Posted by: twistsoffeet | May 7, 2010

Usually I am pretty modest, self conscious even shy. But sometimes…


Climbing bums are kind of like ski bums and surf bums.

We live for the next set of bumps or powder to ski or wave to ride or stone to caress.

We give up all creature comforts to live in tents or out of the back of our vehicle. Traveling around the country– or even the world– just so we can feel that exhilarating calmness, the rush of peace the pleasure of feeling stone under your finger tips and air beneath your feet.

And we do this for months at a time.

On one such trip, back in the mid-nineties, I had set up camp in Penitente Canyon in Colorado. The season was just beginning, and I decided to spend a couple of weeks climbing the canyon. Friends and strangers would sometimes show up during the week, and I could hook up with them for some climbs; and on the weekends, lots of people would show up, so I was never alone and always had climbing partners.

That is, until a late May snow storm hit and dropped nearly a foot of snow.

Everyone left in a flash. Everyone but me. I just crawled into my tent and started reading, rarely venturing out into the weather. With no climbing partners left, I ended up staying in the tent for three days. Finally, I realized I was getting pretty ripe. Out came the solar shower and I trudged back to an area a friend had set up that worked perfectly as a natural shower. After refreshing myself with the shower, and since I was the only human for miles, I thought, I decided to walk back to camp au natural. Usually I am pretty modest, self-conscious, even shy. But sometimes, especially if I don’t think anyone is around to witness my depravity, I enjoy my natural state.

As I was walking back to my camp in all my glory, whistling the theme song to the Andy Griffith show and without a care in the world, I heard a giggle. Looking around, I spotted a young woman in her early twenties just looking at me and giggling. Now her giggling could have been a serious blow to my self image; however, instead I look at as… oh hell, I don’t look at it as anything but funny. I would have busted out with a gut wrenching laugh if I had seen some approaching middle age man strolling down a mountain path butt naked and whistling the theme song for the Andy Griffith show. This young woman suddenly jumped up from where she was sitting on a boulder and ran, giggling, away. I do not know where she came from or where she went, but I hope she still laughs when she remembers it.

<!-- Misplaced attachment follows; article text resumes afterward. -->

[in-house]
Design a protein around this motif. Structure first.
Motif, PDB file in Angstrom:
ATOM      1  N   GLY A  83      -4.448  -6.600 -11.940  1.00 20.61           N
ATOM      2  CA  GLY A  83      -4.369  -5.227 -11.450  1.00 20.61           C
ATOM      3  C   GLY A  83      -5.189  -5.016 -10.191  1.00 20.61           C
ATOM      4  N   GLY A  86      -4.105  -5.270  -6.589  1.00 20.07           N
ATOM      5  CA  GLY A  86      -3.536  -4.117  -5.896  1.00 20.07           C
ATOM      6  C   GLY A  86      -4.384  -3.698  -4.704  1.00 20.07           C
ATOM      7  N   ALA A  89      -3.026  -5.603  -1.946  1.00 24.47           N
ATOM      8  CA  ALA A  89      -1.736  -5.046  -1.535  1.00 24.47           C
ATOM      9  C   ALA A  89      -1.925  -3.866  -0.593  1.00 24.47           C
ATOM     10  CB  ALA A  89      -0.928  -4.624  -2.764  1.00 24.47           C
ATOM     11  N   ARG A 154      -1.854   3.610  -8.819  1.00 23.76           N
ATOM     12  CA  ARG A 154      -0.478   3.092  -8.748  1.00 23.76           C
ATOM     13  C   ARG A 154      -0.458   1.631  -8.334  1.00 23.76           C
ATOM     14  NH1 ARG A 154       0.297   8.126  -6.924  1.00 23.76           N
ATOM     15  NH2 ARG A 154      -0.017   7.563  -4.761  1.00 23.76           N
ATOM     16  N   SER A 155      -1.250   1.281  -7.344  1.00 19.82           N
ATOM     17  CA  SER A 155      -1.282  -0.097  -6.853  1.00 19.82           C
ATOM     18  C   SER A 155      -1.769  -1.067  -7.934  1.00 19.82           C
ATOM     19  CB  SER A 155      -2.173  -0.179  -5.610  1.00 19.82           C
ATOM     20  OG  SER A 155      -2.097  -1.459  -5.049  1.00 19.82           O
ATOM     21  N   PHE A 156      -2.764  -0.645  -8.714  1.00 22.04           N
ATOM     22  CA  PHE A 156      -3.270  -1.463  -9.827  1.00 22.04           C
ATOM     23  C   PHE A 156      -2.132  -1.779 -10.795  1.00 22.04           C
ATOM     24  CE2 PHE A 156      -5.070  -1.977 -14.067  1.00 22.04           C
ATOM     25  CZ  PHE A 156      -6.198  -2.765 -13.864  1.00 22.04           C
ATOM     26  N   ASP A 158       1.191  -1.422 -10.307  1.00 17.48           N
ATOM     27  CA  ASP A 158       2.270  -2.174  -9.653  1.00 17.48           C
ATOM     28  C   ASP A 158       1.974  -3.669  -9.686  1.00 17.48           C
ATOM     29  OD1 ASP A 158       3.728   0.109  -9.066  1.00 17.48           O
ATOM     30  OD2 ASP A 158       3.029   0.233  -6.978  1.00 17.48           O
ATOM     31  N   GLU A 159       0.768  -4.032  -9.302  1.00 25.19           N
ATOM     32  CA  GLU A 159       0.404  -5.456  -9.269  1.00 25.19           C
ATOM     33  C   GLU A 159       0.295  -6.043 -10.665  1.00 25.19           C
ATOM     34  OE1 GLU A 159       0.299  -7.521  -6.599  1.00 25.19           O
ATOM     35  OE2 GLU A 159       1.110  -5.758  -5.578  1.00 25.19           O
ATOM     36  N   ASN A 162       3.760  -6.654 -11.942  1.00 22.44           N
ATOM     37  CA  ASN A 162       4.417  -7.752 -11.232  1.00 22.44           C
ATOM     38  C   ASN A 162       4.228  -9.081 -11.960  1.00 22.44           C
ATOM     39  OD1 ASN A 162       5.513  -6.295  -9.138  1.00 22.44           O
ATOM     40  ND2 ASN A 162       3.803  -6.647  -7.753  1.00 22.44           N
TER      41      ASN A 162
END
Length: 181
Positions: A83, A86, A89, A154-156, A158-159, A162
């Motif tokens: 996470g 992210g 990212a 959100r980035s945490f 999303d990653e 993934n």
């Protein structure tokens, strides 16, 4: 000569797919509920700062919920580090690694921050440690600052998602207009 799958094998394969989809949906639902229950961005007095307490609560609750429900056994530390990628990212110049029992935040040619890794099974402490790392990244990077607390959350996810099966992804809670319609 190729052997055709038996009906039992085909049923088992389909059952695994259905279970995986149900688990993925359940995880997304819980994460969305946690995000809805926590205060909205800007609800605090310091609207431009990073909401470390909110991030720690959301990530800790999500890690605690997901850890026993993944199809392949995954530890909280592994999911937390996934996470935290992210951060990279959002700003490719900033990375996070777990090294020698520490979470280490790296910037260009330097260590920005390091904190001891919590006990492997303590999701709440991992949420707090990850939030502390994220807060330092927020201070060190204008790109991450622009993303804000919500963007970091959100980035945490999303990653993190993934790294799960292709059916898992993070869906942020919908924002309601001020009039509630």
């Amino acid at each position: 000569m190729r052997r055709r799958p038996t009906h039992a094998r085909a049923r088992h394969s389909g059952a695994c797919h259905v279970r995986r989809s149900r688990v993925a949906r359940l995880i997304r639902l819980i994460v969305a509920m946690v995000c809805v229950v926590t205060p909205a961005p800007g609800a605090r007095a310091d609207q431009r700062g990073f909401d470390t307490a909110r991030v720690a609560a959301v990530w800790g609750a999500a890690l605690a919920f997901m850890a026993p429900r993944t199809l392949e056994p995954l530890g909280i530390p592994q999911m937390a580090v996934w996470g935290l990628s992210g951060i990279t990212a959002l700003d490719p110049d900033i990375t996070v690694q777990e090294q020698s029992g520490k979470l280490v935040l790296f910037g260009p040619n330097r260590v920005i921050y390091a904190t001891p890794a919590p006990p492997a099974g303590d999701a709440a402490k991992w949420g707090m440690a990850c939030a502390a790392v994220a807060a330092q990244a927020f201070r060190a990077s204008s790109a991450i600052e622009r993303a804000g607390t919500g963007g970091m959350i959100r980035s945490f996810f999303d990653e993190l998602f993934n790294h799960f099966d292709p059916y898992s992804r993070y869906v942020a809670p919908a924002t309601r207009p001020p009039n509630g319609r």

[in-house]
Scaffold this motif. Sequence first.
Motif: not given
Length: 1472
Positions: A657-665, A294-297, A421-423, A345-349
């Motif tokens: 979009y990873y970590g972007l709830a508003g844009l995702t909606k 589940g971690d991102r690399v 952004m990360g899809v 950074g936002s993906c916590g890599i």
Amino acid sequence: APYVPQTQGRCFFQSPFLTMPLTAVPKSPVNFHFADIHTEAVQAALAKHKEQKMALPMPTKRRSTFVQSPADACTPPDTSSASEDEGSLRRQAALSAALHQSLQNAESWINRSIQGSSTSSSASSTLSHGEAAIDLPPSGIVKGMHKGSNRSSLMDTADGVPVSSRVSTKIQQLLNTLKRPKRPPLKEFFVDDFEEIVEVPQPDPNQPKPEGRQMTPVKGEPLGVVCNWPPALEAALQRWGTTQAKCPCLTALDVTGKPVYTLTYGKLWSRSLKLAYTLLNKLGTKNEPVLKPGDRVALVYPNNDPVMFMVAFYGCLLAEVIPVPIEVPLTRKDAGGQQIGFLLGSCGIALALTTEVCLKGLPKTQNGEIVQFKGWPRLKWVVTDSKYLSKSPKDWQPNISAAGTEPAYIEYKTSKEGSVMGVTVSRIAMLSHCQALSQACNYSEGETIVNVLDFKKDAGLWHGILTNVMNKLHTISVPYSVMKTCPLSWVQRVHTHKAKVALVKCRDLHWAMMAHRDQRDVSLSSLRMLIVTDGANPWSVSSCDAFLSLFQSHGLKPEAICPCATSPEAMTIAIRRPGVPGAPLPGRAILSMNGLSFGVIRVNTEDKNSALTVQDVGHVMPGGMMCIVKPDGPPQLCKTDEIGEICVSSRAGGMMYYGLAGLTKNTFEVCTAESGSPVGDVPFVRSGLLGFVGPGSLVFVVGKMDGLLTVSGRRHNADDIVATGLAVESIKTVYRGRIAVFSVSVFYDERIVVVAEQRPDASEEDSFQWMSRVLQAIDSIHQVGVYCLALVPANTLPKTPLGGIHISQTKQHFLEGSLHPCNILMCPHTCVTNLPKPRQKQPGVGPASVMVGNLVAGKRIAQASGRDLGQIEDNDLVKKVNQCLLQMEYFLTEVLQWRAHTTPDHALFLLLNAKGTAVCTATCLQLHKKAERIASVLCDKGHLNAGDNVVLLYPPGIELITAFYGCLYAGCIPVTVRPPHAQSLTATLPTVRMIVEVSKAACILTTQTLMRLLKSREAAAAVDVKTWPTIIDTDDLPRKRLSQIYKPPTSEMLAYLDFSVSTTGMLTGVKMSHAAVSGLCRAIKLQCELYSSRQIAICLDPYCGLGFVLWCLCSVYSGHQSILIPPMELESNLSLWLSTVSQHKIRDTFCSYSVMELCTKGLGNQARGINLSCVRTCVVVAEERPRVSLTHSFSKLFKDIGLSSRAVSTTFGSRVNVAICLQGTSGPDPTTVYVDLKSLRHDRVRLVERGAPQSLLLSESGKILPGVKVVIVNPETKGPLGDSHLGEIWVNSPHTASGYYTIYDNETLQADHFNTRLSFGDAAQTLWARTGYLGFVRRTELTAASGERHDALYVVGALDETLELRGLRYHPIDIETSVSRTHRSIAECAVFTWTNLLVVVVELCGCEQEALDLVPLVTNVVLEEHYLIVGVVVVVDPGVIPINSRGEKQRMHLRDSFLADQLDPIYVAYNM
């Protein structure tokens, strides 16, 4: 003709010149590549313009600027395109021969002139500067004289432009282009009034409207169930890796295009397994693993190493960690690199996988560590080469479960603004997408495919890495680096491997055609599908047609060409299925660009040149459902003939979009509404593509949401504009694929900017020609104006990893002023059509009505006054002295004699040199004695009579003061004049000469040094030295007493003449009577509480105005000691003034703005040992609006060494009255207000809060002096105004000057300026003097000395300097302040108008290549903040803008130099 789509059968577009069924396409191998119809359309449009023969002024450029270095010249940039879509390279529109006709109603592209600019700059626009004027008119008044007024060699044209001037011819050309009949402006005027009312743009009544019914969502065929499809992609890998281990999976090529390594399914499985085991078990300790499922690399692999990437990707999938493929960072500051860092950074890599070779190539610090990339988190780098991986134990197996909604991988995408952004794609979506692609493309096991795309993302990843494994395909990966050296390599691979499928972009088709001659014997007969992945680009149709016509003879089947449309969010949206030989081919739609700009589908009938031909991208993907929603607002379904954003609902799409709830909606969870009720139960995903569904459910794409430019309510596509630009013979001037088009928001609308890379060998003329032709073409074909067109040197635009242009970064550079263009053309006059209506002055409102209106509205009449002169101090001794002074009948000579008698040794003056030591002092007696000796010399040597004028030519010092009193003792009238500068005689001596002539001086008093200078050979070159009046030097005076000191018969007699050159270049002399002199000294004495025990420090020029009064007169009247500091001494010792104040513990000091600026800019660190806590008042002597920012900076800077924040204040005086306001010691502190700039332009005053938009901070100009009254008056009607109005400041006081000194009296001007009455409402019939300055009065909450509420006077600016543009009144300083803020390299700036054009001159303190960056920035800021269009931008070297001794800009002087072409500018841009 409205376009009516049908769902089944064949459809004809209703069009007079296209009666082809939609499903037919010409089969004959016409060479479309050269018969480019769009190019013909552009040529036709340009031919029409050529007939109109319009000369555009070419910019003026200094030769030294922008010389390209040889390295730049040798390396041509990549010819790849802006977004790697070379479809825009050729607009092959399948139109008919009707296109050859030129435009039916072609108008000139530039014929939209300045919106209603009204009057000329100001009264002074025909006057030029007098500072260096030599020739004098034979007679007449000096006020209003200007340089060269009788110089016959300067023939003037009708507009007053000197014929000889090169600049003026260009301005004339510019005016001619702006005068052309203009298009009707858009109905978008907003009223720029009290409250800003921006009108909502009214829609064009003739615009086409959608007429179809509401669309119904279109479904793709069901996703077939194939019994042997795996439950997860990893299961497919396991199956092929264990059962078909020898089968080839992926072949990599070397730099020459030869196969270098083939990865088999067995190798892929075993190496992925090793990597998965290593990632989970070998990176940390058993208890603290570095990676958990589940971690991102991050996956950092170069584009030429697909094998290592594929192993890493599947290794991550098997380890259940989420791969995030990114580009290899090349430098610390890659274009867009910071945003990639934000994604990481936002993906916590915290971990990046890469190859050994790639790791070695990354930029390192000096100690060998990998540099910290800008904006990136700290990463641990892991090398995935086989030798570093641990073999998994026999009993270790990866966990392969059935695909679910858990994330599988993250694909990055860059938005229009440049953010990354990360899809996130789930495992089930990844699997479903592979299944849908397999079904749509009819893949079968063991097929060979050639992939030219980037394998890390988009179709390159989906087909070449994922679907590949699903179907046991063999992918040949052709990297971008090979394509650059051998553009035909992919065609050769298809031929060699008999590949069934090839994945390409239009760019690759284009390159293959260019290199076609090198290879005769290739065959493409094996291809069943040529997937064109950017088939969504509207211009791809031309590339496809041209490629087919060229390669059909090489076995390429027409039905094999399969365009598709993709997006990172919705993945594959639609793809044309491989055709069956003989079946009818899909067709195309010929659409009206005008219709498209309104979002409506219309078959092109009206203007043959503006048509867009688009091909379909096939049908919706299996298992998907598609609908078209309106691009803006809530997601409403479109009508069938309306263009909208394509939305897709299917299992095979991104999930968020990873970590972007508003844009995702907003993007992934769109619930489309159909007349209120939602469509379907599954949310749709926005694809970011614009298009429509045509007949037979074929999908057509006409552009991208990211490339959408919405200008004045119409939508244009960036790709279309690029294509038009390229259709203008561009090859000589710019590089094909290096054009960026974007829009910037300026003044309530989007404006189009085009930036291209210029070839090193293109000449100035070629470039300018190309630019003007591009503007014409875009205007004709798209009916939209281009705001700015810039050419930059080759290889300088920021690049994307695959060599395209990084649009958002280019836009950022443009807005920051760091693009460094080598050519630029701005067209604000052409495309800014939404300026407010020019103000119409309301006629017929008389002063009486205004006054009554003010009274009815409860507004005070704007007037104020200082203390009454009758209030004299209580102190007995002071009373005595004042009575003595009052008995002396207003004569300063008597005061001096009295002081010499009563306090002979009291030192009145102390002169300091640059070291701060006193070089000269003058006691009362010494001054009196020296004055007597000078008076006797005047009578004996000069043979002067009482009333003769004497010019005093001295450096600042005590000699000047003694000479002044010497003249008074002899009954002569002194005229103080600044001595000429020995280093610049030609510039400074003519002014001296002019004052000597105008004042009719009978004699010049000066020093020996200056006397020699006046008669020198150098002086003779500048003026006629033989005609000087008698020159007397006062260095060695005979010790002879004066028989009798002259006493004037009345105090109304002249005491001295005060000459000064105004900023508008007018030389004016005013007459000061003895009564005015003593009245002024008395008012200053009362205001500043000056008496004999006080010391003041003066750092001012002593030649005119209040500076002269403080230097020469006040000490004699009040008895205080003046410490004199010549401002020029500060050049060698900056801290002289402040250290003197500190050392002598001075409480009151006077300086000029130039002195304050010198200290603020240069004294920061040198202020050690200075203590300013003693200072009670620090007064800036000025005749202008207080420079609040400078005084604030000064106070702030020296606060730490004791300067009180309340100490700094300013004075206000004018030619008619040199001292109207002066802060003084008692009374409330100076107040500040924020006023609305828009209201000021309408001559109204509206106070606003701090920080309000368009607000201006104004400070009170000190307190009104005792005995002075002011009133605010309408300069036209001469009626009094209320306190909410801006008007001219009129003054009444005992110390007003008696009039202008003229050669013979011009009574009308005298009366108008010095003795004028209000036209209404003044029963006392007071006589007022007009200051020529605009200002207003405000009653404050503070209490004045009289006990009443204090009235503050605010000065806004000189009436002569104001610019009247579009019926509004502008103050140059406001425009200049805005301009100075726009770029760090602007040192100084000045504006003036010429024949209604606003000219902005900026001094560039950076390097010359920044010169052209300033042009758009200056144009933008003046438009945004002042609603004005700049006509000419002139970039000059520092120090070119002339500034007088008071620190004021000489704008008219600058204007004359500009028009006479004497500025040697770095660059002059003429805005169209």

On another occasion, I had been climbing in Sinks Canyon Wyoming. My camp was pitched way at the upper end of the canyon when another big snow storm hit. Again, everyone left the canyon except me. As I sat in my tent, being bored and having no new reading material I looked out into the storm. Giant– larger than silver dollar snow flakes– were pouring down from the sky. It was a very primal view.

Well this brought out the beast in me and I thought, “What could be more natural and primal than going for a run in the storm, in the buff?” So, unable to resist these feelings, I decided to strip down to a head band, trail running shoes and socks and go for a run. This run was a total of about five miles and the most exhilarating run I have ever had. Fortunately, to the best of my knowledge, no one else was crazy enough to be out in this storm and there were probably no witnesses.

Also, although it was snowing very hard, it was at least warm enough to avoid frost bite… now, that wouldn’t have been pleasant.

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Responses

  1. That is hysterical!
    Men are so different from women. A man caught nude stands in shock… A woman caught in the nude will usually immediately squat so as to cover all of her fun parts. We would be mortified.

    So far as the 5 mile run… really? I mean, I totally dig being nekid in the sunshine, but running in the snow? And I know what I would go though running nude as a woman… It makes me wonder just how… um… awkward … it was for you to run. _giggles_

    • I just can’t imagine myself squatting and covering my fun parts. I mean ooooh stop looking at me like that.

      As far as my run being awkward I guess I can thank the cold for helping to alleviate that problem. However the prospect of frost bite “down there” was definately disconcerting.

  2. Ha!!! *shaking my head @you*

    • When I first told you the story about my run in the snow storm you were shaking your head at that time also. But I do seem to remember you introducing me to your friends and recounting the story then finishing off with you telling them that I was the weirdest person you knew. Then you looked at me and said that was a compliment.


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